Moose numbers in New York continue to increase rapidly, with upwards of 800 moose estimated in the northern part of the state, the Department of Environmental Conservation (DEC) projects this fall. That is up from 500 just three years ago and from 50-100 moose in the late 1990s. Moose are currently a protected species in new York State.
As their population has grown in New England and Canada, Alces Alces, or the North American Moose, began migrating to New York in the last decade, establishing a base in the North Country. That trend has continued with increases in young and adult moose populations and increased sightings by hunters and the public at large. DEC biologists stress that the population numbers are estimated but that the growth is clear.
“The return of the moose has been one of New York’s environmental success stories,” said DEC Commissioner Pete Grannis in a press reelase issued yesterday. “In the last four decades, moose, bald eagles, peregrine falcons, ravens and ospreys have established themselves in the North Country after long absences. Additionally, beaver, otter and fisher populations have flourished to the point that there are now trapping seasons for them. It’s wonderful to see the progress that’s been made.”
With the moose numbers on the rise, DEC warned motorists to be alert for moose on roadways in the Adirondacks and surrounding areas at this time of year – a peak of moose activity. Early fall is the breeding season for moose in northern New York and during this time moose are wandering far and wide, leading them to areas where they are not typically seen. While this improves sighting opportunities for the public, it also increases the danger of colliding with a moose on the roadway.
Much larger and taller than deer, a moose causes greater damage to vehicles, and when struck their height often causes them to impact the windshield of a car or pickup truck, not just the front of the vehicle. Last year ten moose/vehicle accidents were reported in New York (with no human fatalities).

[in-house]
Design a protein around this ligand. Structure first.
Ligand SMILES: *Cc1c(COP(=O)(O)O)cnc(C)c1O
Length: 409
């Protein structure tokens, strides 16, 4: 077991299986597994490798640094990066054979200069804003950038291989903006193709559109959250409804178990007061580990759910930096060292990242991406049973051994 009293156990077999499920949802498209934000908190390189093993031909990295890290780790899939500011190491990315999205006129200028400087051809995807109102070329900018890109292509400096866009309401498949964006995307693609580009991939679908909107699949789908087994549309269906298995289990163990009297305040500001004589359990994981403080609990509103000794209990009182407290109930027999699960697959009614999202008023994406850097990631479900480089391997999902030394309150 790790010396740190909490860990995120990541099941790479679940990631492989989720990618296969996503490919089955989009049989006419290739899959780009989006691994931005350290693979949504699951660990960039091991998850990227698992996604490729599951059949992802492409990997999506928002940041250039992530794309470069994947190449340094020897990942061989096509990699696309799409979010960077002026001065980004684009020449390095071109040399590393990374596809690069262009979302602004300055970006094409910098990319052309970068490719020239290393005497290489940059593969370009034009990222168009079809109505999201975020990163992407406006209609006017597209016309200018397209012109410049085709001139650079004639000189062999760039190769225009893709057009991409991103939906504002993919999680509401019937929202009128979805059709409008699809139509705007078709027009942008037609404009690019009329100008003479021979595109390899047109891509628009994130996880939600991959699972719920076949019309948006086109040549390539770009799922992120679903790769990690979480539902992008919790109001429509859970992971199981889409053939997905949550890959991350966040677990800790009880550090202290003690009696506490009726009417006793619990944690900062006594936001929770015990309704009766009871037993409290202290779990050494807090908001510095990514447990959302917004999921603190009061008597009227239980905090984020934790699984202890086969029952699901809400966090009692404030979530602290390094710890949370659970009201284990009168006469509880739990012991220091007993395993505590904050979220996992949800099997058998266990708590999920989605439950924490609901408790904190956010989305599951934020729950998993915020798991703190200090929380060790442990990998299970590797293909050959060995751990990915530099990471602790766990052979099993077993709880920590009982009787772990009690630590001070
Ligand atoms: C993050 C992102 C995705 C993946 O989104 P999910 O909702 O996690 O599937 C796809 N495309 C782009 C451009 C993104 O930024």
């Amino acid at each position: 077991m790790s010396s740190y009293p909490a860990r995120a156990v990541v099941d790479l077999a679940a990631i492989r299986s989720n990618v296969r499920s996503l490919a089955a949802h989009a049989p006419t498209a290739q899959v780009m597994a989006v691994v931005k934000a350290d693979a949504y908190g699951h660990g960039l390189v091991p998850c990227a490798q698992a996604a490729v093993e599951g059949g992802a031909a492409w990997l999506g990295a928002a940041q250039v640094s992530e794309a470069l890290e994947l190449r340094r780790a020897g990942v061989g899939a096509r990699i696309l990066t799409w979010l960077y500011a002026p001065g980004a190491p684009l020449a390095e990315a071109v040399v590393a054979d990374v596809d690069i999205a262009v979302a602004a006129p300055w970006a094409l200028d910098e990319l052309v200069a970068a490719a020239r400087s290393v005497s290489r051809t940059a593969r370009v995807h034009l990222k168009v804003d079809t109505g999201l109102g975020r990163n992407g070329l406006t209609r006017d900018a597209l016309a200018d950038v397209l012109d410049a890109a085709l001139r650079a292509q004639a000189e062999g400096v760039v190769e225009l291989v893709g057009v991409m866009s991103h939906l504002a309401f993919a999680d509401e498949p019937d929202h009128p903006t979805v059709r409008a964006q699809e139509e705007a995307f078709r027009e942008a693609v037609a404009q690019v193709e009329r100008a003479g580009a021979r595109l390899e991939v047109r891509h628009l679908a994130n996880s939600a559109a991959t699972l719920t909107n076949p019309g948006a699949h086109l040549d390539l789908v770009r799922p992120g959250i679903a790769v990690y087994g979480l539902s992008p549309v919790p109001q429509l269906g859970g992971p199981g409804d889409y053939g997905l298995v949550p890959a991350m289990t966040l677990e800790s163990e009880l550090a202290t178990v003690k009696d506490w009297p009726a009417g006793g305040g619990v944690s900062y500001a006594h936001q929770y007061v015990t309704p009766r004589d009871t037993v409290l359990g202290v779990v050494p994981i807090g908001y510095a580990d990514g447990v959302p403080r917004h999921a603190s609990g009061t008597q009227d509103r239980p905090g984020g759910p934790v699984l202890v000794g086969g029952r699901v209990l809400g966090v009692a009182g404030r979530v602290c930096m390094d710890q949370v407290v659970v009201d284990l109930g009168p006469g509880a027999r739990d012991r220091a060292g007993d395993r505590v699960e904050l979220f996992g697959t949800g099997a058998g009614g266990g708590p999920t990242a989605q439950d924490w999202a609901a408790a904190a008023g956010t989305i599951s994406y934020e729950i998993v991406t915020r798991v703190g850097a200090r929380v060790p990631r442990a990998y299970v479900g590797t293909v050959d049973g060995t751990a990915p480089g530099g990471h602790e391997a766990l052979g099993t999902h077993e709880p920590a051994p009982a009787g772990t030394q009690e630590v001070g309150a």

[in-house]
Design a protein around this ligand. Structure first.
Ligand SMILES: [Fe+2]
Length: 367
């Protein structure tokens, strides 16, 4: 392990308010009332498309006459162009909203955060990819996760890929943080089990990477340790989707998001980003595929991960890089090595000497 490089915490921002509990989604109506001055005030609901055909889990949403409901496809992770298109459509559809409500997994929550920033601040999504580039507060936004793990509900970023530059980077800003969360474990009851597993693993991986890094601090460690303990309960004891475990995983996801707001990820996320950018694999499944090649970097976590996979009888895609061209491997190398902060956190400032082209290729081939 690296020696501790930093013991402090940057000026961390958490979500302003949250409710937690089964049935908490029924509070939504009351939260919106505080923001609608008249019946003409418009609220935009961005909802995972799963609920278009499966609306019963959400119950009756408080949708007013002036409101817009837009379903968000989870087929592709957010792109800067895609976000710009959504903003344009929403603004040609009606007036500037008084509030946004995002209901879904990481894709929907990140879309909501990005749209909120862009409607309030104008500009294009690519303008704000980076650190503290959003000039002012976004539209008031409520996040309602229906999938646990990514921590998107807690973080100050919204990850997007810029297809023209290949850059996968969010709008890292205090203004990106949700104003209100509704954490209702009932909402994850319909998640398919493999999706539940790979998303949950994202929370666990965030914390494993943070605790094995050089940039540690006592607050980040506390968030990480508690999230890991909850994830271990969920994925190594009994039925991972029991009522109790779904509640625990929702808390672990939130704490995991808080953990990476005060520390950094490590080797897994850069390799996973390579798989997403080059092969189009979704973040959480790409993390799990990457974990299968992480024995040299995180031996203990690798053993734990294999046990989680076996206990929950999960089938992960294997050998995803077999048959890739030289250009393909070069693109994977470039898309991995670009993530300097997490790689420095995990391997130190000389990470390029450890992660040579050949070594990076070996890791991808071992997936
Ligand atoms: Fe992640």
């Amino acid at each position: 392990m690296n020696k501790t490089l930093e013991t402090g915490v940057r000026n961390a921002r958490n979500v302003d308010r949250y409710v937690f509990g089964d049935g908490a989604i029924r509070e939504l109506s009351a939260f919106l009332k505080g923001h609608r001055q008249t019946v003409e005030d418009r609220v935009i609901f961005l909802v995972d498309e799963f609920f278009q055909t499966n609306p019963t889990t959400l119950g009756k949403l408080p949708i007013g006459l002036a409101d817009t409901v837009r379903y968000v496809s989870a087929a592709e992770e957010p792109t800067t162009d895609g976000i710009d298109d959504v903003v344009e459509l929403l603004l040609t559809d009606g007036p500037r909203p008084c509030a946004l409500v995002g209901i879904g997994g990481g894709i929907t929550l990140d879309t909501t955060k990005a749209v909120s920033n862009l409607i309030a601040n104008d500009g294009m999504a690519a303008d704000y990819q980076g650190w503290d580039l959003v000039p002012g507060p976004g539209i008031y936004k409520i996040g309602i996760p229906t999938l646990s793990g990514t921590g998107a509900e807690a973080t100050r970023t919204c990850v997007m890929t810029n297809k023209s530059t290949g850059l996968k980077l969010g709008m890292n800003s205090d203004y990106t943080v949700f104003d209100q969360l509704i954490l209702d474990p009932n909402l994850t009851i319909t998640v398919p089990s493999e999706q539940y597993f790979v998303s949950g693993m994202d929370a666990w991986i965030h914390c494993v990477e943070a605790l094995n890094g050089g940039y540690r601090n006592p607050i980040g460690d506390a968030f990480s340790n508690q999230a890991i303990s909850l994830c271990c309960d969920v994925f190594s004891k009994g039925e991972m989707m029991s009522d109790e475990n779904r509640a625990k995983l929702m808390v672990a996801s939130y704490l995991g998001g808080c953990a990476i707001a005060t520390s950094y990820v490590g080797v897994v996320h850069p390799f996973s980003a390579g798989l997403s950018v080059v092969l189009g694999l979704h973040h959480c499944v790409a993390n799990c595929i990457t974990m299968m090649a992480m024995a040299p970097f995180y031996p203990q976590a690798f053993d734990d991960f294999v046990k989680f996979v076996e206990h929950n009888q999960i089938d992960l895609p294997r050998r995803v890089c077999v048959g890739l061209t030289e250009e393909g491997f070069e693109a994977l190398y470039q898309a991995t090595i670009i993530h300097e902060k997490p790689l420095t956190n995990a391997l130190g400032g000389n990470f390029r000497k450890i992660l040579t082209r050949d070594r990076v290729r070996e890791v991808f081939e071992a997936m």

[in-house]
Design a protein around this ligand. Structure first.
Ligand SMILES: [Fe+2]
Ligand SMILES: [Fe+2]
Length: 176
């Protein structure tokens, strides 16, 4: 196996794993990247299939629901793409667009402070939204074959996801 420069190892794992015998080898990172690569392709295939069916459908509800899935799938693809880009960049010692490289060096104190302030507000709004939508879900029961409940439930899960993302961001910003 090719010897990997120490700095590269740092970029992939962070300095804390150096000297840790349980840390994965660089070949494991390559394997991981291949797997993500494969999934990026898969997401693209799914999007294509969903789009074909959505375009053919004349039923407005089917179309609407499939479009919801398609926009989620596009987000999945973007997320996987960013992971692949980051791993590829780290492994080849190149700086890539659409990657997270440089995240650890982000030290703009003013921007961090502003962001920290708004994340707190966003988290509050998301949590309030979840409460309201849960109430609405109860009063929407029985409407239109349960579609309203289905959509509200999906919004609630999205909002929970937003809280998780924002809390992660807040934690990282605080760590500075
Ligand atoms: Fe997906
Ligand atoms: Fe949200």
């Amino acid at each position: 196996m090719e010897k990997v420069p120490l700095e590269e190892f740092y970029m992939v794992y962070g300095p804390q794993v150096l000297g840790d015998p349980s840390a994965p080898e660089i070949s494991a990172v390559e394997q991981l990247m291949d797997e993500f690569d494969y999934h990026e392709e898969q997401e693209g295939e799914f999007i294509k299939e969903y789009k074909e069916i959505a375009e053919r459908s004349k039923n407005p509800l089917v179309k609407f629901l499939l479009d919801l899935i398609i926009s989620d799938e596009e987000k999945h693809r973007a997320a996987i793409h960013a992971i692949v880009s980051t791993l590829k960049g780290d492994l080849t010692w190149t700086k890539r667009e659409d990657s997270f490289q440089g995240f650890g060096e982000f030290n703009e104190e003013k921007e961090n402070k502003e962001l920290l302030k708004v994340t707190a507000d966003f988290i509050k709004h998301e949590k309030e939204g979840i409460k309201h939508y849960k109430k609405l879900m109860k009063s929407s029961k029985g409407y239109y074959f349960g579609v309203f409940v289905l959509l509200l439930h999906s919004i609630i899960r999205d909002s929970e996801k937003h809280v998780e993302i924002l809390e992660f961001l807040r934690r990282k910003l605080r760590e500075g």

Moose are most active at dawn and dusk, which are times of poor visibility. Moose are especially difficult to see at night because of their dark brown to black coloring and their height – which puts their head and much of their body above vehicle headlights.
* DEC advises motorists to take the following precautions:
* Use extreme caution when driving at dawn or dusk, especially during Sept. and Oct.
* Reduce your speed, stay alert and watch the roadsides.
* Slow down when approaching moose standing near the roadside, as they may bolt at the last minute when a car comes closer, often running into the road.
* Moose may travel in pairs or small groups, so if a moose is spotted crossing the road, be alert for others that may follow.
* Make sure all vehicle occupants wear seatbelts and children are properly restrained in child safety seats.
* Use flashers or a headlight signal to warn other drivers when moose are spotted near the road.
* Motorcyclists should be especially alert for moose.
* If a moose does run in front of your vehicle, brake firmly but do not swerve. Swerving can cause a vehicle-vehicle collision or cause the vehicle to hit a fixed object such as a tree or pole.
* If a moose is hit and killed by a vehicle, the motorist should not remove the animal unless a permit is obtained from the investigating officer at the scene of the accident.
DEC continues to work with the state Department of Transportation to identify areas where moose are present along roads and have warning signs placed.
Photo: A Moose in Essex County in December 2008 by Ed Reed, NYSDEC. DEC maintains a photo gallery of New York Moose here.